Former Vienna Elementary School custodian receives probation

Charged with viewing child pornography images

Photo by Evan Bevins Former Vienna Elementary School custodian Justin Hoover, right, speaks to attorney Ginny Conley shortly before the start of a sentencing hearing Thursday in Wood County Circuit Court. Hoover was sentenced by Judge J.D. Beane to two years in prison, suspended for five years of probation, on charges related to viewing child pornography images on a computer at the school and his phone.

PARKERSBURG — A former Vienna Elementary School custodian was sentenced to five years probation Thursday on charges related to viewing pornographic images of children on a school computer.

Defense attorney Ginny Conley said her client — Justin Ray Hoover, 37, of 2840 Middle Fork Lee Road, Washington, W.Va. — took responsibility for what he did, cooperated with law enforcement and is a low risk to reoffend.

Hoover, who Conley said has led a “very isolated life” and has self-esteem issues, declined to address the court when given the opportunity by Wood County Circuit Court Judge J.D. Beane.

“I can’t,” Hoover said to Conley.

“He wanted me to tell the court and everyone in the courtroom that he is very, very sorry for what he has done and the pain he has caused,” she said.

Hoover was arrested in September after police reportedly found more than 200 images of children ages 7, 8 and older on a computer in the custodian’s office at the school. He pleaded guilty in March to an information charging him with a felony count of distribution and exhibition of material depicting minors engaged in sexually explicit conduct and a misdemeanor charge of child erotica.

In requesting home confinement or alternative sentencing, Conley said this case was different from others she has seen as both a defense attorney and former prosecutor.

“The evidence shows that no images were saved” or shared, she said.

Ten or fewer of the images depicted sexual contact or exploitation, qualifying for the felony charge, Conley said.

“None of those images were on the school computers. They were deleted from his telephone,” she said.

The misdemeanor charge related to images that portrayed minors who are partially clothed.

Even though the images weren’t shared or saved, “they’re a memorialization of children being exploited,” Assistant Wood County Prosecutor Jeremy Wolfe said, and viewing them perpetuates their use.

And while Hoover indicated he took safeguards to make sure no children at the school could see the images, Wolfe said there was a risk a child could have stumbled upon them.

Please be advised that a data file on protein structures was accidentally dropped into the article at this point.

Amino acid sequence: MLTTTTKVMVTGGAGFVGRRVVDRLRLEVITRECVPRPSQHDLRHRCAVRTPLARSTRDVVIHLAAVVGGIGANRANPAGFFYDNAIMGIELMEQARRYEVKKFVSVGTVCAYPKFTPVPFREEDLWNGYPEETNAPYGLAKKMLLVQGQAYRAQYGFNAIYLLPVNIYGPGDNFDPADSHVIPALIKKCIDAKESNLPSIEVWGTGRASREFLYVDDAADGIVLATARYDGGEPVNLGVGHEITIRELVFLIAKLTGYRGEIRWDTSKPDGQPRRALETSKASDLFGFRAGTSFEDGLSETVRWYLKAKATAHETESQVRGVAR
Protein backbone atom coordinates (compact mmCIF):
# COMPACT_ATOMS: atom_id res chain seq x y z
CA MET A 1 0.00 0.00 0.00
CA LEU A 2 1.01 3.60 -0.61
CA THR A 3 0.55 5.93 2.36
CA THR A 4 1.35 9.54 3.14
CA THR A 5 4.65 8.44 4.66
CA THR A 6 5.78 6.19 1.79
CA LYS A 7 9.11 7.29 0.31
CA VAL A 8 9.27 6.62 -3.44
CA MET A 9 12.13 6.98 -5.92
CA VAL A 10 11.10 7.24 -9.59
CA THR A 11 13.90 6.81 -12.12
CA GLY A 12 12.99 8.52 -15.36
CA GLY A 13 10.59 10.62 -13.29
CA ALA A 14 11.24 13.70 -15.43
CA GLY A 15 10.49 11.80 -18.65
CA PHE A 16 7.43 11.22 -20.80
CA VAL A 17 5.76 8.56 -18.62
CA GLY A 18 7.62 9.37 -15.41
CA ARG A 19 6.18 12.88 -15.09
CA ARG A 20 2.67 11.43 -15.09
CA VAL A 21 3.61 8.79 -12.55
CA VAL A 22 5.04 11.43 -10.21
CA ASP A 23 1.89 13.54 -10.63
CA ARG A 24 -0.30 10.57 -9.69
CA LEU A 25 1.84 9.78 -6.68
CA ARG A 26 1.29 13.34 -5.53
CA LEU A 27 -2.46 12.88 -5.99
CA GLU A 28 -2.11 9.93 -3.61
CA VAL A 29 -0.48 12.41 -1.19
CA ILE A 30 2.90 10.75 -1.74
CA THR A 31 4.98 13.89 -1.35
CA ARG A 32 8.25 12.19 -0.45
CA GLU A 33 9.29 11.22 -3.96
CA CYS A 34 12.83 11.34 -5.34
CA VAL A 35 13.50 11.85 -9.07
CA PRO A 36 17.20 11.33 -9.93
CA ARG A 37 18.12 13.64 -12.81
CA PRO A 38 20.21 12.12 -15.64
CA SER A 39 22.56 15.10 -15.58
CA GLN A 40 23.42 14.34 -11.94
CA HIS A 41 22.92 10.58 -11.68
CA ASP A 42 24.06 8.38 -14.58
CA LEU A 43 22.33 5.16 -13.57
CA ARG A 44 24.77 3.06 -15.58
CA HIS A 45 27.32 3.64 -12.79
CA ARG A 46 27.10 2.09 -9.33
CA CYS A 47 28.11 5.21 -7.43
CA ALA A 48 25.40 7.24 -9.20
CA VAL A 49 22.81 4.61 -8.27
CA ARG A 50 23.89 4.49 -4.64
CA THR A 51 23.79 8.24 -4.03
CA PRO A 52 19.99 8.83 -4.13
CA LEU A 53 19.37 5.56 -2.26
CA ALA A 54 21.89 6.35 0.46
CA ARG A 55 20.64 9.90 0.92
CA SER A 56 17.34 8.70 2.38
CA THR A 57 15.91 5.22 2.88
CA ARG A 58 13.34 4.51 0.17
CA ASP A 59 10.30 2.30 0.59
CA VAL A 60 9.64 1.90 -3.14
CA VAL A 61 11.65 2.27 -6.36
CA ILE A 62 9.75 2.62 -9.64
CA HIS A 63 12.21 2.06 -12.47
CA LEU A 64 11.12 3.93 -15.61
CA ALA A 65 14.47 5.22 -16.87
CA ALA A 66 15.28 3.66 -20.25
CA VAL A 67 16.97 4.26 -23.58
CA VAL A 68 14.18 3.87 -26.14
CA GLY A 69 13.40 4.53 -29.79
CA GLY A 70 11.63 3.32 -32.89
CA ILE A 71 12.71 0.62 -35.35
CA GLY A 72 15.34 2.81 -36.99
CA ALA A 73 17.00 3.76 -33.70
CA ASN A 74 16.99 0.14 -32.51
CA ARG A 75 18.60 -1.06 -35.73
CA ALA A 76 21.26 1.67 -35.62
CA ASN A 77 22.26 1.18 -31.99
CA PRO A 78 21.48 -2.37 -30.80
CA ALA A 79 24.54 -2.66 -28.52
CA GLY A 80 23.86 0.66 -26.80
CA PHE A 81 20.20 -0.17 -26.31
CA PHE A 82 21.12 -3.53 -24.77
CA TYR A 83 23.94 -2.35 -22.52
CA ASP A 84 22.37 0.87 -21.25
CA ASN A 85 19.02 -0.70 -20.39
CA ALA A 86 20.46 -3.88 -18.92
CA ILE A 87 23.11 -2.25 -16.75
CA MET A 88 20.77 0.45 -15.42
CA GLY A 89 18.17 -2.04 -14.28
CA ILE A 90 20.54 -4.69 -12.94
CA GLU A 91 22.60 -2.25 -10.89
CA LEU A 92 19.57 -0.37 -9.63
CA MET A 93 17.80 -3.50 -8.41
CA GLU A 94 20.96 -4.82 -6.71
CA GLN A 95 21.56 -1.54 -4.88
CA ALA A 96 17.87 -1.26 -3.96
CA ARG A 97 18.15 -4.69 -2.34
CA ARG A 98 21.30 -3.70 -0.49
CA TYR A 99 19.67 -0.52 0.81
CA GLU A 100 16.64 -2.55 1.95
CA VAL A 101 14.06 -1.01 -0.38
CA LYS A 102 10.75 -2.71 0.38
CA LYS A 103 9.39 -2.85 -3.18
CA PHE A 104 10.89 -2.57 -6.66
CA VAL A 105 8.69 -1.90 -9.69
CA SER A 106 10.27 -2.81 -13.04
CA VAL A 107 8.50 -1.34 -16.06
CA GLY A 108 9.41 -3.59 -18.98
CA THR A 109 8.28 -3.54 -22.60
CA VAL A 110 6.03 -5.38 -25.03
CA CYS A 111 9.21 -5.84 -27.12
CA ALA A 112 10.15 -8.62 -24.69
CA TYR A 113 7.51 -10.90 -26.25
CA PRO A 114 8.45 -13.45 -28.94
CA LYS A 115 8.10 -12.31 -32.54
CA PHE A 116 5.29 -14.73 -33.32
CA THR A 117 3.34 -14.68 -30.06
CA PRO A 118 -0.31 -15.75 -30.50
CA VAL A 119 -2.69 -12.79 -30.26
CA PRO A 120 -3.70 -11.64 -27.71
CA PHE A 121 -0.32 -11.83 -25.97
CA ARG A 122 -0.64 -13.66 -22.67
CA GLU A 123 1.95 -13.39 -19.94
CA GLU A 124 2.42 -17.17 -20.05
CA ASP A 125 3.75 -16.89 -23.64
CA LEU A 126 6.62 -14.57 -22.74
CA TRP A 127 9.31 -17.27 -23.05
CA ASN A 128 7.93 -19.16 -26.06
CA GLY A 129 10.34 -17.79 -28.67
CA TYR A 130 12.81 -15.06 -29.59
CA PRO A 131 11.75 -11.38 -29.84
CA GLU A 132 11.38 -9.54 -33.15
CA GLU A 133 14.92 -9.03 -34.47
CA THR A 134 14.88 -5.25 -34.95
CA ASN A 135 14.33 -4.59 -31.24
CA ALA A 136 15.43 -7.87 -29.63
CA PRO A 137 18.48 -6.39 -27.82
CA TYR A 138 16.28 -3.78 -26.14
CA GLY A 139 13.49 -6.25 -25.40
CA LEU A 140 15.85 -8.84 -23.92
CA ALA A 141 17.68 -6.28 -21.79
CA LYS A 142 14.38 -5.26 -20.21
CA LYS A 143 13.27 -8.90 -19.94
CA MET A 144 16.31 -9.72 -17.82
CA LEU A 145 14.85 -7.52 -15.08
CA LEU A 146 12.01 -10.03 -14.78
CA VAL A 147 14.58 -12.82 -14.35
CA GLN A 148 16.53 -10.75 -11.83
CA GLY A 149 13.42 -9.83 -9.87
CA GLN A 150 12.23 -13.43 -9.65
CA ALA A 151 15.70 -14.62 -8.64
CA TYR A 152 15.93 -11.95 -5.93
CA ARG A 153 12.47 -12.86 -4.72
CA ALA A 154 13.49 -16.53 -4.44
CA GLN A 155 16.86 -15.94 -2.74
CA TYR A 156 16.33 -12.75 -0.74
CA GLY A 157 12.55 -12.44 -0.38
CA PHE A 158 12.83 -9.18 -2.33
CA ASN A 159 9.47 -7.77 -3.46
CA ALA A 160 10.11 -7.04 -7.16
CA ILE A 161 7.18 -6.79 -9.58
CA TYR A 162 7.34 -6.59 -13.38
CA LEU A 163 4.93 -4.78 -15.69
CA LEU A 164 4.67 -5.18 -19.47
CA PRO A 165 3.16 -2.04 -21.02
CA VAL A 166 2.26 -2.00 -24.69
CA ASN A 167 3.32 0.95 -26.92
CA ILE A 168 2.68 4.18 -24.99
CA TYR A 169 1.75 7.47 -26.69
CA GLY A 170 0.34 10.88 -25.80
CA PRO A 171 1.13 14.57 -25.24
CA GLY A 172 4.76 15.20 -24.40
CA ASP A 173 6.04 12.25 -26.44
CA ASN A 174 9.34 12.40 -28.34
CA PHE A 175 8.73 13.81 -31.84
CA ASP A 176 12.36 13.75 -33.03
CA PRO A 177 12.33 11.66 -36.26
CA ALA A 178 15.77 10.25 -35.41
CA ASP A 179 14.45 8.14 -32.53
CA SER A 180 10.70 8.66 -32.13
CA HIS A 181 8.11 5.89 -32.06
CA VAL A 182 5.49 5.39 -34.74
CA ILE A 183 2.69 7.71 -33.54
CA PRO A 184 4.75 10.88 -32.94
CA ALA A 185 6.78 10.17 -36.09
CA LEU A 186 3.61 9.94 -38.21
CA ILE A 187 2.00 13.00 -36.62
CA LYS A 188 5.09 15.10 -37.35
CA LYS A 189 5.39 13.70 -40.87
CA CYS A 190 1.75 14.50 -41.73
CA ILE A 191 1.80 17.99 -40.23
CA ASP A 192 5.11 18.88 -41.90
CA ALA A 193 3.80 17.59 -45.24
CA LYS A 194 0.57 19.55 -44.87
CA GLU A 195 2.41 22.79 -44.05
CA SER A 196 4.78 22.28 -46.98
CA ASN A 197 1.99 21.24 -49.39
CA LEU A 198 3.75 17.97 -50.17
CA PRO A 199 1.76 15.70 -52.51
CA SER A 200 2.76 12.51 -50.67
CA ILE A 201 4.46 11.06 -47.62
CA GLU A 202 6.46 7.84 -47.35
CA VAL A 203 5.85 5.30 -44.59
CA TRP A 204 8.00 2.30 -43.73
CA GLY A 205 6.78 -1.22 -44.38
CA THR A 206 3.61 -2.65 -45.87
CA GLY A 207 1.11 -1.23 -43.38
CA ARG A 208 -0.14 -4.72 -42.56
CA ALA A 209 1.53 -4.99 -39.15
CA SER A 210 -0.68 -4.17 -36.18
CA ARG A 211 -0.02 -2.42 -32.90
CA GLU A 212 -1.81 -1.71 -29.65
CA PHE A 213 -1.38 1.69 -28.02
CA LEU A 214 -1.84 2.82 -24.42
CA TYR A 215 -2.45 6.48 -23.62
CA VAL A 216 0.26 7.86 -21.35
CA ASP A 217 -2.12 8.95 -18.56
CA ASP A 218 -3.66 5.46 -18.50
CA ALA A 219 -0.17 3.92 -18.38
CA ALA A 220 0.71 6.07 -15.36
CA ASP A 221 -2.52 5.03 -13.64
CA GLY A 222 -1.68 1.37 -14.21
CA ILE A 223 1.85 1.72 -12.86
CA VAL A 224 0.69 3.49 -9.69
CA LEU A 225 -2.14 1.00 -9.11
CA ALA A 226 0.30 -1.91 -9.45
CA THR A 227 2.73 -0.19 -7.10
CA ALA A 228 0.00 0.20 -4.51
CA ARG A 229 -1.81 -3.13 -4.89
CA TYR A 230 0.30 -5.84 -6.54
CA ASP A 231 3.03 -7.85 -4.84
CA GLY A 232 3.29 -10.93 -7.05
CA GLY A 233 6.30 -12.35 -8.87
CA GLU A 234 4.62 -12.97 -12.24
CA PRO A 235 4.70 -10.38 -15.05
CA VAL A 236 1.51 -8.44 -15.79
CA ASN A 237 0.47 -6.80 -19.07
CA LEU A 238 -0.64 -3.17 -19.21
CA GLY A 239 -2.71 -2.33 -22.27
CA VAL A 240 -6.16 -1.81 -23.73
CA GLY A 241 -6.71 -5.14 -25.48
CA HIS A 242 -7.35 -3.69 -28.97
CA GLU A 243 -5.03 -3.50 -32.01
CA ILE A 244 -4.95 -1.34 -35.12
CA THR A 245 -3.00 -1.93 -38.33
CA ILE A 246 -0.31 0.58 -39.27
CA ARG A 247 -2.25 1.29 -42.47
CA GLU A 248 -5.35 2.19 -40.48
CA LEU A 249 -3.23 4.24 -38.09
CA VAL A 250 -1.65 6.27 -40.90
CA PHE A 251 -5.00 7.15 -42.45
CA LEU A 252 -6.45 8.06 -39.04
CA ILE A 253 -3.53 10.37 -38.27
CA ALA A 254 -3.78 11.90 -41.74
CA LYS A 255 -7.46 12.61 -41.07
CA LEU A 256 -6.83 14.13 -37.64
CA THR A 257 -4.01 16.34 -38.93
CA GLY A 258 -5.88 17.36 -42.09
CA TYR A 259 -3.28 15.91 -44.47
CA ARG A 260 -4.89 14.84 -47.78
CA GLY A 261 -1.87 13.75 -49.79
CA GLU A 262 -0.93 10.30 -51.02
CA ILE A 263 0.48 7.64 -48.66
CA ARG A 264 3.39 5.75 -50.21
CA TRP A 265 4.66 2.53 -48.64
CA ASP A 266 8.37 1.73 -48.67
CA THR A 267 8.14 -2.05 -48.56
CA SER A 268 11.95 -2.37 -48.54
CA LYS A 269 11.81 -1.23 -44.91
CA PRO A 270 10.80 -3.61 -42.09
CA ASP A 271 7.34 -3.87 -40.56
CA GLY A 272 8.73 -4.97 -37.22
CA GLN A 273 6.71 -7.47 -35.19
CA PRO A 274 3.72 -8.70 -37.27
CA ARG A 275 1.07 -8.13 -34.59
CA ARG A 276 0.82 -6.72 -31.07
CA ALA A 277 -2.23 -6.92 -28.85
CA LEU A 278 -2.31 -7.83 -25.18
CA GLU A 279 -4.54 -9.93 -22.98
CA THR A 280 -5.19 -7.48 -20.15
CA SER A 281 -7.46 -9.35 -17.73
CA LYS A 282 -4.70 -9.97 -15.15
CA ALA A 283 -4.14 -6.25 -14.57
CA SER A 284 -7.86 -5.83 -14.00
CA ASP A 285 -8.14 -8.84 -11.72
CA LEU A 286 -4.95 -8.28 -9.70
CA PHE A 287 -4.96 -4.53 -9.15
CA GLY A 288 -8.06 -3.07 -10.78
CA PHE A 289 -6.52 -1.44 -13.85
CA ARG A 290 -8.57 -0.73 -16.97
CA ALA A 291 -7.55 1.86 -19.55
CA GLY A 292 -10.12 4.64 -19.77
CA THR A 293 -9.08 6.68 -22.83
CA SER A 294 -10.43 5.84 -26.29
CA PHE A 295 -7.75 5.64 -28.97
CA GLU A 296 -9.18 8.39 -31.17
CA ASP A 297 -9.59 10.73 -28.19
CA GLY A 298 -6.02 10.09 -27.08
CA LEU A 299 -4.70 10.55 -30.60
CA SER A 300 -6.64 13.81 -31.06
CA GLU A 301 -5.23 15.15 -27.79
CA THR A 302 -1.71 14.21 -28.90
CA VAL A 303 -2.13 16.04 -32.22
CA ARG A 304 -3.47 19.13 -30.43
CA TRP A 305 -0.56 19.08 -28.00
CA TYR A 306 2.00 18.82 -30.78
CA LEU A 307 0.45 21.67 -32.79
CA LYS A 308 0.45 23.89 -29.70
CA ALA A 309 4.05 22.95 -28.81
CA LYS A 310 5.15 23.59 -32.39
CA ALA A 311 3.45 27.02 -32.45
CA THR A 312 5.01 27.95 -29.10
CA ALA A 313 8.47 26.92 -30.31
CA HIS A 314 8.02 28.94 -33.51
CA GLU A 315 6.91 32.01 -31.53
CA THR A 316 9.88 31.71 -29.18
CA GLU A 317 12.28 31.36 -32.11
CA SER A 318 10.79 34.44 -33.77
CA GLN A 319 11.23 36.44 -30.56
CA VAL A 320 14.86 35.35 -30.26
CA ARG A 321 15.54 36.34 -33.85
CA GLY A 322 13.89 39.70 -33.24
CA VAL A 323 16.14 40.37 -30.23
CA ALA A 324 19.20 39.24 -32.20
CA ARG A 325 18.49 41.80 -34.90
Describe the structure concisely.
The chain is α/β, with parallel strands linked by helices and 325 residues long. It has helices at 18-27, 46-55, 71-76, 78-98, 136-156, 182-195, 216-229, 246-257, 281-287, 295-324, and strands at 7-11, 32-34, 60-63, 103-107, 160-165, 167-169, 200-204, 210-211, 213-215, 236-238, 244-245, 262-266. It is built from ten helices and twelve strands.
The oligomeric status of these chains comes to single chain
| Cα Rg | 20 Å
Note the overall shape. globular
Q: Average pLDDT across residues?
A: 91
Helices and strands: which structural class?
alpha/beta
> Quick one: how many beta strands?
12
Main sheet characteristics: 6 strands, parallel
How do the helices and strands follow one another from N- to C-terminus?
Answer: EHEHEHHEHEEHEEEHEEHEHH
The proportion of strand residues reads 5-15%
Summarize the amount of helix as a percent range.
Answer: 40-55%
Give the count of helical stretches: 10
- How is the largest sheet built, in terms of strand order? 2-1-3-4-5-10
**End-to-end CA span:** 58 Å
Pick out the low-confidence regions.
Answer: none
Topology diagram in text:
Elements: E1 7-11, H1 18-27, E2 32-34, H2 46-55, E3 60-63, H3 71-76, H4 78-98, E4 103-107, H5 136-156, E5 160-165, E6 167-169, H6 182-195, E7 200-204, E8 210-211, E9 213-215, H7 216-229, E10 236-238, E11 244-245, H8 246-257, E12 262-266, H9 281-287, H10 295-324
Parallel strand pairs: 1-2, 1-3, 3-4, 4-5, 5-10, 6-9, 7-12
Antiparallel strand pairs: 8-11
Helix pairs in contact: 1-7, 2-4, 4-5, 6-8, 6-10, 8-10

“Doing what he did really did expose the children at the school to a risk of harm,” he said.

Wolfe said the state recommended imprisonment based on the facts of the case and a deterrent to future offenders. He also questioned whether Hoover was truly remorseful, saying he seemed to blame work-related stress and not understand the ramifications of his actions.

Conley said Hoover confessed what he had done not only to law enforcement and Wood County Schools but to his church. She noted members of his family and church community were in the courtroom supporting him.

Hoover will continue to live on his parents’ farm, where he does not have Internet access nor want to obtain it, Conley said. He has also been in contact with a therapist who treats sex offenders.

“This is a low-level one of these cases by someone who is willing to get help and has already made the appointment,” Conley said.

Beane pronounced a sentence of two years in prison on the felony count and one year in jail on the misdemeanor, to run concurrently, with credit for two days served. Those were suspended for five years probation, although Hoover could still serve up to 118 days at the North Central Regional Jail as determined by his probation officer. In addition, he must register as a sex offender and perform 100 hours of community service. Once the term of his probation is up, he will be on supervised release for 15 years.

Hoover resigned from his job at Vienna Elementary prior to the Wood County Board of Education taking action on his proposed termination. Conley said there had been no complaints regarding contact with students during the 17 years he worked for the school district.


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